Conducting a family arbitration
- Legal structure
- Basic rules for arbitrators
- Training required to be a family arbitrator
- Previous and Ongoing Training
- Conducting a family arbitration
- Using a domestic violence screening report
- Records of family arbitrations
- Reporting to the Ministry of the Attorney General
- Secondary arbitration
- Mediation/arbitration under the new rules
An arbitration is a legal proceeding and the arbitrator is like a judge. This means that the arbitrator must be capable of running a hearing with sufficient knowledge of the rules of procedure, evidence and legal rights and obligations. The arbitrator must maintain decorum, be impartial and give the parties a fair opportunity to present their cases.
Cases will probably involve evidence of income or employment, need for support, assets and liabilities, the needs of children at different developmental stages, the parents' capacity to care for them, and other related subjects.
The arbitrator should conduct the hearing in accordance with an agreement set out with the parties beforehand, or failing that, decide what procedure he or she will use to have evidence and arguments presented to him or her. The arbitrator should keep notes of the arguments and evidence, in order to assist when writing the decision and the reasons for it.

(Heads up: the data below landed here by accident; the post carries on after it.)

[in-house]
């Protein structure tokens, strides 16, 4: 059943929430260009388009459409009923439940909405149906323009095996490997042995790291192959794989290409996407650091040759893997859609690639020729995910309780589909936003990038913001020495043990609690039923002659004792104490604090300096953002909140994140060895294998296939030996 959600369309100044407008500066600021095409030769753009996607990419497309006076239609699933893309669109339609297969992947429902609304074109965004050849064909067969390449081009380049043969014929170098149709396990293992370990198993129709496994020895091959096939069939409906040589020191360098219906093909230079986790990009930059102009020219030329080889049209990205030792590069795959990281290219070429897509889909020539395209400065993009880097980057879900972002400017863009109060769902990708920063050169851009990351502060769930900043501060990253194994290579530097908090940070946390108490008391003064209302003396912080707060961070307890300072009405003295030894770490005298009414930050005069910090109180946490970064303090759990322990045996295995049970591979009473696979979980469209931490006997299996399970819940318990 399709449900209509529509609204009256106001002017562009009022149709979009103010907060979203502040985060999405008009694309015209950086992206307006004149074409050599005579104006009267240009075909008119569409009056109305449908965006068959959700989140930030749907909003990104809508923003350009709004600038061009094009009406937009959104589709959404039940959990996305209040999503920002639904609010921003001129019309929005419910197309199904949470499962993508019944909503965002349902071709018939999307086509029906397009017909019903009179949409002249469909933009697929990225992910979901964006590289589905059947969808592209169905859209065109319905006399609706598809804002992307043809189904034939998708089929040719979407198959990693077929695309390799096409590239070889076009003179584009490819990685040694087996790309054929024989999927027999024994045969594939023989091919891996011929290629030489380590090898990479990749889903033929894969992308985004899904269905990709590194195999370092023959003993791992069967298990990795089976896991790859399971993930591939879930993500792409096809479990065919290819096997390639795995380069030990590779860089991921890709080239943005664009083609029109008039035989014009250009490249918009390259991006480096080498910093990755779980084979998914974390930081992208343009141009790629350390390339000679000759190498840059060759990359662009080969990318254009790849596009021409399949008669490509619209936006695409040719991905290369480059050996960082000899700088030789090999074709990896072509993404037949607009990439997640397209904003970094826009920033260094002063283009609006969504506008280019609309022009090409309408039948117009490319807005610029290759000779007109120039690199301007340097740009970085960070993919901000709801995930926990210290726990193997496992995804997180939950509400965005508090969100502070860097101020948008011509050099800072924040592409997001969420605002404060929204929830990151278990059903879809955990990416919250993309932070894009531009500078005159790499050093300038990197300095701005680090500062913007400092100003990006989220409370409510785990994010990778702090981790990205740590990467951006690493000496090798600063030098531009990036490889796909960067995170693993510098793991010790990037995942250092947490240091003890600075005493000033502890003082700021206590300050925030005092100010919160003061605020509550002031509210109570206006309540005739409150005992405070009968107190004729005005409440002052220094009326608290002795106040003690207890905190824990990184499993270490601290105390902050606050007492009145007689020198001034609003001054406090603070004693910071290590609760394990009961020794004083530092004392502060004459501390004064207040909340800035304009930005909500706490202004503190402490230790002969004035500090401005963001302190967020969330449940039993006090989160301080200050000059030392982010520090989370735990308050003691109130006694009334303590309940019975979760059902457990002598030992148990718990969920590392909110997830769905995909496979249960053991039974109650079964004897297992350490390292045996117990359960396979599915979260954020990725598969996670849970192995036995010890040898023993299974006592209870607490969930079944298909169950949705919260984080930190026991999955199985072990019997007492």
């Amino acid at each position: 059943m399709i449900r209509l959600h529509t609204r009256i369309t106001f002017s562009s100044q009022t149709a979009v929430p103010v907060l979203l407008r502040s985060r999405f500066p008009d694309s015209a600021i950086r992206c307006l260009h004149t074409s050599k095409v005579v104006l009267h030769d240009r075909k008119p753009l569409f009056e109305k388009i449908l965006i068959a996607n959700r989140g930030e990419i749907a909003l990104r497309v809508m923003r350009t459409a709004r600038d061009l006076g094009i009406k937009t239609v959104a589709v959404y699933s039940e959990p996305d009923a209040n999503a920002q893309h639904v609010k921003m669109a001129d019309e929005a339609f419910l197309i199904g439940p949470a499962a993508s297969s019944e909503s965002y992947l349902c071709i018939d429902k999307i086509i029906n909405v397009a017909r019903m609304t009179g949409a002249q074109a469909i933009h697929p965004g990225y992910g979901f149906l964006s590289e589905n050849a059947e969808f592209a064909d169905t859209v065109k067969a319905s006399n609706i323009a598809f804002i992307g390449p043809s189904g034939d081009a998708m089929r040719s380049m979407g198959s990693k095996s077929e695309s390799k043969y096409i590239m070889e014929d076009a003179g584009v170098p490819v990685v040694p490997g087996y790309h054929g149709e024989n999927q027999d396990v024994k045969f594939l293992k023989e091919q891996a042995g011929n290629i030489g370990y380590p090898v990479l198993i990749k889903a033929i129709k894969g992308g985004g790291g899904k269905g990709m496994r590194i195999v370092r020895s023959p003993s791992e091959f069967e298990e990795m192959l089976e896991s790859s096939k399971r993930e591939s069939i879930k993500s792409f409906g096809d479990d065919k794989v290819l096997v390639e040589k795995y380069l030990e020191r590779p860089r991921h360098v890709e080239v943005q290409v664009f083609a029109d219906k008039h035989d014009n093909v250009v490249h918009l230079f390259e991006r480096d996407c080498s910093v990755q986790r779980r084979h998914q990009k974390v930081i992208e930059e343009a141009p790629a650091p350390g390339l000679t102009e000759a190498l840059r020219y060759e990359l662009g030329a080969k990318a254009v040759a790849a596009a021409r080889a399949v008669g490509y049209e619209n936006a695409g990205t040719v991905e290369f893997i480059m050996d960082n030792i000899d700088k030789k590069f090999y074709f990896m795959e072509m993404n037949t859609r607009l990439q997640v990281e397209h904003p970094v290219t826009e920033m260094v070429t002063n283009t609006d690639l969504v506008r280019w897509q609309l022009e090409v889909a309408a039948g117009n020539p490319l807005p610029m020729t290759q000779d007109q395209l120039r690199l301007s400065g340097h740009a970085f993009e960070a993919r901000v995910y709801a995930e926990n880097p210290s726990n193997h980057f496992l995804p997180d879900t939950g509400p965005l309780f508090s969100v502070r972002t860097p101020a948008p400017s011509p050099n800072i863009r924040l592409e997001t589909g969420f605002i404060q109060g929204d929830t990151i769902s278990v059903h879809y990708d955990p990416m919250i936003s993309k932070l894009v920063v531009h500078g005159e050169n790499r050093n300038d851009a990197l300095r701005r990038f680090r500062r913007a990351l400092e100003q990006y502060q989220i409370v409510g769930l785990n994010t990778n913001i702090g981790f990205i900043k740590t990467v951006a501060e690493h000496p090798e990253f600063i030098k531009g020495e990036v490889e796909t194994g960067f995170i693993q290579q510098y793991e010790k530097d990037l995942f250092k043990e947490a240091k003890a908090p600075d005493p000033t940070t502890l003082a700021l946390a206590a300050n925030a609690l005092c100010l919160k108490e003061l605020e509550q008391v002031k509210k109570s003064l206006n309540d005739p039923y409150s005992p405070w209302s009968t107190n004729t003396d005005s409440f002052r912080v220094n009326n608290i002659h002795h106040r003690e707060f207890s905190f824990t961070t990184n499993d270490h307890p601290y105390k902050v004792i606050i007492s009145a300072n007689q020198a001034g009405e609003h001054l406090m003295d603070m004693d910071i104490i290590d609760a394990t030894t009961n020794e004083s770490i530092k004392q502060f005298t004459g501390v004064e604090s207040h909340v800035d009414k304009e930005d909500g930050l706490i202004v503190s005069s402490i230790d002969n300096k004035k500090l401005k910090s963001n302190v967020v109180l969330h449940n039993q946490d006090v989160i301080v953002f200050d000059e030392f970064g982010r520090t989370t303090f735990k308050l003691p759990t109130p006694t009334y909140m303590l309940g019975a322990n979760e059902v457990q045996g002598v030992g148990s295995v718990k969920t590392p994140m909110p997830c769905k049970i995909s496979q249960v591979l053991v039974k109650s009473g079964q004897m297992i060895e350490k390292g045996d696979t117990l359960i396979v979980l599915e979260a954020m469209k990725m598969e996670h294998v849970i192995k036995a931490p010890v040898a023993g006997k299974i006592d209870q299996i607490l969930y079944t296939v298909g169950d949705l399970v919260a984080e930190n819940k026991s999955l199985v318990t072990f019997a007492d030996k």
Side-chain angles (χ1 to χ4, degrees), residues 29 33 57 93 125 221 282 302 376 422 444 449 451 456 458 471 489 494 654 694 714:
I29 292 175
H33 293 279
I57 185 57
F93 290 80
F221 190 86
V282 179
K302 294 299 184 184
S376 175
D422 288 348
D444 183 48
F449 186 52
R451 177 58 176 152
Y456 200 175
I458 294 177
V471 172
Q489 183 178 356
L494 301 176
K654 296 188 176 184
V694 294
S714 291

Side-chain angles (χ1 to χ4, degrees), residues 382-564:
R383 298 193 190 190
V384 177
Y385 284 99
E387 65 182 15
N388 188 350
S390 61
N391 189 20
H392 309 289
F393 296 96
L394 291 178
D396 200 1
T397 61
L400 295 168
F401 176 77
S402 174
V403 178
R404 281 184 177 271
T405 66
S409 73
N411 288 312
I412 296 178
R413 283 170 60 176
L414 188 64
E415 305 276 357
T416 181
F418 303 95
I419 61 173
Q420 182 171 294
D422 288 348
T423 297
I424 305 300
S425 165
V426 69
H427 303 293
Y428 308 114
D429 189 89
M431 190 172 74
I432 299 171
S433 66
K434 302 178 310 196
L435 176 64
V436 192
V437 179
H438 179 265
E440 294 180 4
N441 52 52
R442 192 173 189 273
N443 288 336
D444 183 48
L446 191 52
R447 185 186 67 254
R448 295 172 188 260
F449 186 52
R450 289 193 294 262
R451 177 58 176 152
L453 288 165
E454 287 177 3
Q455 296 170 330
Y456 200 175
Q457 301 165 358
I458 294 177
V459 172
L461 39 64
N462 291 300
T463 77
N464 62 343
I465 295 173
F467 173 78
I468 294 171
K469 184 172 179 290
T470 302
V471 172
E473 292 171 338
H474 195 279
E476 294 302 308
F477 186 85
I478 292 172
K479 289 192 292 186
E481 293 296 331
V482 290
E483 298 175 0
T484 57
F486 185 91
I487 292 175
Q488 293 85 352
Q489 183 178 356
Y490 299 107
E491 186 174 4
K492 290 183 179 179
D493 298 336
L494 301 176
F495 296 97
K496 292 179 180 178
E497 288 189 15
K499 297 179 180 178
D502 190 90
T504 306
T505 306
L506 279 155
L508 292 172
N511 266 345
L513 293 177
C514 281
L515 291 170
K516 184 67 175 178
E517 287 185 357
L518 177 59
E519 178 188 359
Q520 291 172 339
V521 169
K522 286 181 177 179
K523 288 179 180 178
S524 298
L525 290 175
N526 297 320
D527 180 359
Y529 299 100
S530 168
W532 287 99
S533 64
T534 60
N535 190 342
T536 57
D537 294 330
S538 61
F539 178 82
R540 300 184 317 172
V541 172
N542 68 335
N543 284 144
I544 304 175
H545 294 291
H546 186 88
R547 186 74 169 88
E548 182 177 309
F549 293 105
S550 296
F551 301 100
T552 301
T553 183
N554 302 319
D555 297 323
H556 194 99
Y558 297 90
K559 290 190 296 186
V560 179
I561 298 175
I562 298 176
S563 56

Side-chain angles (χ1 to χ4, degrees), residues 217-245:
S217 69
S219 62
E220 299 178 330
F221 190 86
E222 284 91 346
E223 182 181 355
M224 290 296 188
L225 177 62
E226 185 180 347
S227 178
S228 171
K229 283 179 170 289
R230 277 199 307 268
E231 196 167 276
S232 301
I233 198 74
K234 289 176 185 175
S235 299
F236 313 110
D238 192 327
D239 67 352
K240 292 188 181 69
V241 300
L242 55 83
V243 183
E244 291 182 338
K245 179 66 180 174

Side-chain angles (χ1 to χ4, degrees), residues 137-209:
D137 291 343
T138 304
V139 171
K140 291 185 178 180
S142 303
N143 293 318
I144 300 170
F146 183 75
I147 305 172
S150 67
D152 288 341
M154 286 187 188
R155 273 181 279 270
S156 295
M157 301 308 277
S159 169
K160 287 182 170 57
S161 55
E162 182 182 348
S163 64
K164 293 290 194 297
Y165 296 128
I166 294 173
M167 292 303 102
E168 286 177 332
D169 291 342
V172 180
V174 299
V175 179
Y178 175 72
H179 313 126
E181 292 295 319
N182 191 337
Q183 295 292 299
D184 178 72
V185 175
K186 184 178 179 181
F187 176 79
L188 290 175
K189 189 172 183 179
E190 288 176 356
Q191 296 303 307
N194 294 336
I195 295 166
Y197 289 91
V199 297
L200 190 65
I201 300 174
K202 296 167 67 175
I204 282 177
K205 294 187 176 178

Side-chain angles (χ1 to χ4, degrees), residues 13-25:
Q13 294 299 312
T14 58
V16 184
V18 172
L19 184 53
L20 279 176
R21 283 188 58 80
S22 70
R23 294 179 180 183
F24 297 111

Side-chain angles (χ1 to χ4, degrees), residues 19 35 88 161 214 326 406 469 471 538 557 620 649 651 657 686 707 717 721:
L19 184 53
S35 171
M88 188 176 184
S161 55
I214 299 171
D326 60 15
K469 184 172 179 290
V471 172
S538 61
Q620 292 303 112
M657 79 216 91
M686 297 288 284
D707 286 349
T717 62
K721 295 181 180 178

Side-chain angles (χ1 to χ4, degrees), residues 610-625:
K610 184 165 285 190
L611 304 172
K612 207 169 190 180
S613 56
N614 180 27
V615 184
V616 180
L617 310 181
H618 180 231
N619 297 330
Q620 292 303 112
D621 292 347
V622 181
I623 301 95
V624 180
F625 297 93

Arbitrators must be familiar with the Arbitration Act, 1991 , which sets out the legal framework for arbitrations. In addition, the Family Law Act contains some essential rules about family arbitrations.
The Child and Family Services Act (section 72) requires that an arbitrator (as well as other professionals) report any signs that a child has been abused or needs protection to the appropriate child welfare agency or to the police.
Any family arbitration involving children must be decided in the best interests of the children. The Children's Law Reform Act (section 24) outlines a number of factors that must be considered in making this decision.